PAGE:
DeMar DeRozan is averaging 8.0 points in the fourth quarter of games so far this season.

Why is it so remarkable? For a couple of reasons.

One is when DeRozan, who currently ranks fifth in the league in scoring at 26.8 points per game, is doing most of his damage. Two, it’s the most in the league by a not inconsiderable margin.

The closest players to DeRozan in scoring in the fourth quarter are Giannis Antetokounmpo (7.3), Kevin Durant (7.0) and Cole Anthony (7.0), followed by Jayson Tatum (6.8), LeBron James (6.7) and Zach LaVine (6.5) . DeRozan has a higher actual shooting percentage, a global measure of shooting efficiency that combines field goals, 3-point field goals, and free throws, than all but one. (You’ll never guess who that player is … or maybe you will now that you know it’s the less obvious choice.)

In total, DeRozan is shooting 54.2 percent from the field, 45.5 percent from 3-point range (albeit with little volume) and 91.2 percent from the free throw line in the final quarter of games.

That’s as automatic as possible, folks.

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Top scorers in the NBA in the fourth quarter
Rank Player PPG TS%
one DeMar DeRozan 8.0 63.7
two Giannis Antetokounmpo 7.3 61.8
3 Kevin During 7.0 58.8
5 Cole Anthony 7.0 67.5
6 Jayson tatum 6.8 55.6
7 Lebron James 6.7 51.9
8 Zach LaVine 6.5 63.5
9 Brandon ingram 6.1 54.0
10 Damian Lillard 6.1 54.9
eleven Paul george 6.1 53.9

Anyone familiar with DeRozan’s game won’t be surprised to learn that he has done his best work from midrange down the stretch of games. It has been particularly efficient in the short midrange, more commonly known as the floating range.

If you’re unfamiliar with the venue, it’s the green area, which represents DeRozan shooting 10 percentage points better than the league average, out of the paint on his fourth-quarter shooting chart.


DeRozan doesn’t actually shoot a lot of floats when he gets that close to the basket. Instead, he relies on his trusty jumper.

Whether or not DeRozan is the The best mid-range shooter in the league is up for debate today, both Kevin Durant and Chris Paul would have a say on that, but he’s certainly up for discussion. Few players score as often as he does from that distance, and it’s a tough matchup for most defenders.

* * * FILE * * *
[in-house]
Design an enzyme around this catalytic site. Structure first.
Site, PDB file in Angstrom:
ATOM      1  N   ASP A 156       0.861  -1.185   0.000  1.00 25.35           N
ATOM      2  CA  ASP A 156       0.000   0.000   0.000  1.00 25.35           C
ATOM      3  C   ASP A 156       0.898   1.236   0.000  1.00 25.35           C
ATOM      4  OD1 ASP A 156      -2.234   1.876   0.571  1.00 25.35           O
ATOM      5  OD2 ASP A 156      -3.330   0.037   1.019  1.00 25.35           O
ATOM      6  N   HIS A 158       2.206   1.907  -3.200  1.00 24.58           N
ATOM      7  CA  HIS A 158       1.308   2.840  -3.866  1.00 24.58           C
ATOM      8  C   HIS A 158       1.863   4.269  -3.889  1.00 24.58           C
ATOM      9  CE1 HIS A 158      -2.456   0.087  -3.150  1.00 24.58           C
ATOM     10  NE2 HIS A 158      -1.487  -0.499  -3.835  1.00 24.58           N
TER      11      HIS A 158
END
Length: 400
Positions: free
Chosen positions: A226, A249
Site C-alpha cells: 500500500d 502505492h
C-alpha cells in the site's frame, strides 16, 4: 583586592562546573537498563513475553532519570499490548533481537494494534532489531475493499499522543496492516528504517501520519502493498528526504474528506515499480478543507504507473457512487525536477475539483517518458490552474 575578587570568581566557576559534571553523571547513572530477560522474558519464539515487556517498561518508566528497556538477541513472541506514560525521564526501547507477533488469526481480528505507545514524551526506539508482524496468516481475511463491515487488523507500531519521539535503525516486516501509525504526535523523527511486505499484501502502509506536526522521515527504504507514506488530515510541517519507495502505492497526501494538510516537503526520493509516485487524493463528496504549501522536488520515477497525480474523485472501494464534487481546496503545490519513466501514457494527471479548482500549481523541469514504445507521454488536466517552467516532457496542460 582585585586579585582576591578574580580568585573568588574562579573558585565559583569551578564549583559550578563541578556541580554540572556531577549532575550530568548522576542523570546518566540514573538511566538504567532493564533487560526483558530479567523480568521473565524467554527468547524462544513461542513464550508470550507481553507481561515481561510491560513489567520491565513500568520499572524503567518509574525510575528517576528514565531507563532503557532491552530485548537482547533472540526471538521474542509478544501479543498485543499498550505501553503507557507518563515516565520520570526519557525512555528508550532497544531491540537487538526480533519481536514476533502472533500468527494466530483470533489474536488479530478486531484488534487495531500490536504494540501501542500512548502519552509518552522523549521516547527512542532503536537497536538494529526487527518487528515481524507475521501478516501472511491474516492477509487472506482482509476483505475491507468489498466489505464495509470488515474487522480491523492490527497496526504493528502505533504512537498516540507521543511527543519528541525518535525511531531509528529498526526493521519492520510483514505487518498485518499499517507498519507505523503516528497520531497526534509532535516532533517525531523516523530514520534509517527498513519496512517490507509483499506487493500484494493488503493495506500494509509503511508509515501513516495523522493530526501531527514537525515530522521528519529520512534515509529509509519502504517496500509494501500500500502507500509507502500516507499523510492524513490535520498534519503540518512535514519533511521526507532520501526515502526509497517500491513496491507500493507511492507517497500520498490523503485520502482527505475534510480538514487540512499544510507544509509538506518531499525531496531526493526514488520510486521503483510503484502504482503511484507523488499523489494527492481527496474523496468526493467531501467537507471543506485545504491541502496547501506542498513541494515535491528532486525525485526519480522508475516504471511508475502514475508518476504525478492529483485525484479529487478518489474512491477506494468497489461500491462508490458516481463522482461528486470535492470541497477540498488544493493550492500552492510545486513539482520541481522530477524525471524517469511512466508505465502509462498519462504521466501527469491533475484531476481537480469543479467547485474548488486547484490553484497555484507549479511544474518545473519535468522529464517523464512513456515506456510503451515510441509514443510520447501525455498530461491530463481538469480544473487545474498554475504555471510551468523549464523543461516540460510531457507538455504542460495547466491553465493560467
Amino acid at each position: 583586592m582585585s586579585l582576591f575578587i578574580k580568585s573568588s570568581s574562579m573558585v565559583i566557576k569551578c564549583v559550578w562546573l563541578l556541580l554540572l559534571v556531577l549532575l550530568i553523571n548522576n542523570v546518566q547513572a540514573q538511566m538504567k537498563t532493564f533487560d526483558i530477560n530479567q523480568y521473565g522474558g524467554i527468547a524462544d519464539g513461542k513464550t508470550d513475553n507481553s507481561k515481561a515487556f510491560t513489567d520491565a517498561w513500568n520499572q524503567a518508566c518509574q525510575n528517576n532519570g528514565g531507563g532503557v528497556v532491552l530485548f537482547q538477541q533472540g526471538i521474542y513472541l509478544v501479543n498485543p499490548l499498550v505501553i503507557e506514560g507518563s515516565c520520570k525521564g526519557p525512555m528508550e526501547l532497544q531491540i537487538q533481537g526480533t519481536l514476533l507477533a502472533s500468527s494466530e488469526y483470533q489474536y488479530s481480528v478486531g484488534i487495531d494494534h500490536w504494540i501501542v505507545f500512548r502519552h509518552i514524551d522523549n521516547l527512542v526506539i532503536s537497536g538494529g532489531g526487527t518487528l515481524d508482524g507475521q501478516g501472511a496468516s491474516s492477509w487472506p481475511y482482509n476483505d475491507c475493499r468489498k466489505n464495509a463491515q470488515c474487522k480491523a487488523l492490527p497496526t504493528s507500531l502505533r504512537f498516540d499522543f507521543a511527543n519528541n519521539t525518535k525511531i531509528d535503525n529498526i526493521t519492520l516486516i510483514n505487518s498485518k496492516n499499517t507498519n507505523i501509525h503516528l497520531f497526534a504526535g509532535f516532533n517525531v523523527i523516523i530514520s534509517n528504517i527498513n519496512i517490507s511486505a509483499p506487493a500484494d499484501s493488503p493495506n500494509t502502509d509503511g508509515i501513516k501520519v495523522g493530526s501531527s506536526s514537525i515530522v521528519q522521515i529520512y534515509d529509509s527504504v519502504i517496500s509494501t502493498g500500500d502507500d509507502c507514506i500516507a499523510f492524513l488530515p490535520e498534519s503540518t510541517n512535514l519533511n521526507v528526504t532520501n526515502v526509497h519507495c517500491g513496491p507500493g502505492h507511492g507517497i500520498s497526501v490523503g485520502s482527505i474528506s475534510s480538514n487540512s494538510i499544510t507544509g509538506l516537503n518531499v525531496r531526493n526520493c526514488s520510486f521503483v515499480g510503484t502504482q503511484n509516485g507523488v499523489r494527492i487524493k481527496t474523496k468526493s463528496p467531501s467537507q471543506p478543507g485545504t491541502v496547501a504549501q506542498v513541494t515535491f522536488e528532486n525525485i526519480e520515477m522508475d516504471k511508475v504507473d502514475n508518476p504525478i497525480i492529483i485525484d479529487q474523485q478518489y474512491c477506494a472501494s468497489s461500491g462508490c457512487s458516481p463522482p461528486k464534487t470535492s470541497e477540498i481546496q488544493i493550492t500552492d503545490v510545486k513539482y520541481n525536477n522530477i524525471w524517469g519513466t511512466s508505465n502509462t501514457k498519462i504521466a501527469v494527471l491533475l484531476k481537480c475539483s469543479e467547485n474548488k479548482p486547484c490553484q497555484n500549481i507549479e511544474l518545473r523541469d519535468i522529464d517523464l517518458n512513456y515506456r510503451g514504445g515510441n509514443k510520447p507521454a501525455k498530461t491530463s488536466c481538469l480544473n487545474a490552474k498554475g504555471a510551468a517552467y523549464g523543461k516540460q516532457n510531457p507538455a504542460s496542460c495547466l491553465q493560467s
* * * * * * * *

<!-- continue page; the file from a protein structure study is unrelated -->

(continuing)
Why? First off, DeRozan is a great ball handler at 6ft 6in, 220lbs with a 6ft9in wingspan.

Its combination of size and length makes it a difficult cover for escorts because it can dominate and fire on many of them.

It doesn’t help that he has a natural fade in his jumper, which makes it even more difficult for smaller players to interrupt his rhythm.

Even the biggest defenders have a hard time putting a hand to his face.

Plus, DeRozan has one of the best footwork in the league.

He does things like this …


…and that…

… pretty consistent, which makes it look easy, but it’s just the opposite.

DeRozan is also a good passer. His numbers are down this season, but he’s coming off a season in which he averaged 6.9 assists per game, the best of his career.

If teams load up on him, he’s more than capable of making the right play.

Most important to DeRozan and the Bulls, of course, is that their heroics in the fourth quarter translate into wins. According to, the Bulls have outscored their opponents by a total of 77 points in the fourth quarter of games with DeRozan on the court. That’s one of the best marks in the league, behind only a handful of players on the Jazz, a couple of players on the Warriors and forward Miles Bridges of the Hornets.

His performance specifically in the clutch, the final five minutes of a five-point game, paints a similar picture, with DeRozan ranking near the top of the league in total points scored (51) and over / under (plus 22).

In other words, when it comes to buying time, DeRozan has delivered time and time again this season.

“I just put it down to my hard work, honestly,” DeRozan said of his explosions in the fourth quarter. “I’m a huge boxing fan, and I love seeing a lot of guys resolve the fight early and dominate later in the fight. They call it the championship rounds in boxing.

“I love that mentality at the end of the games and I understand that this is where it gets more difficult.

“So for me, finding ways to make it easier for me and my teammates, that’s the mentality I have at the end of the game, and it’s been helpful for me and my teammates.”

There are a lot of things that come into play in a player’s MVP case, but for DeRozan this season, it starts with that key number.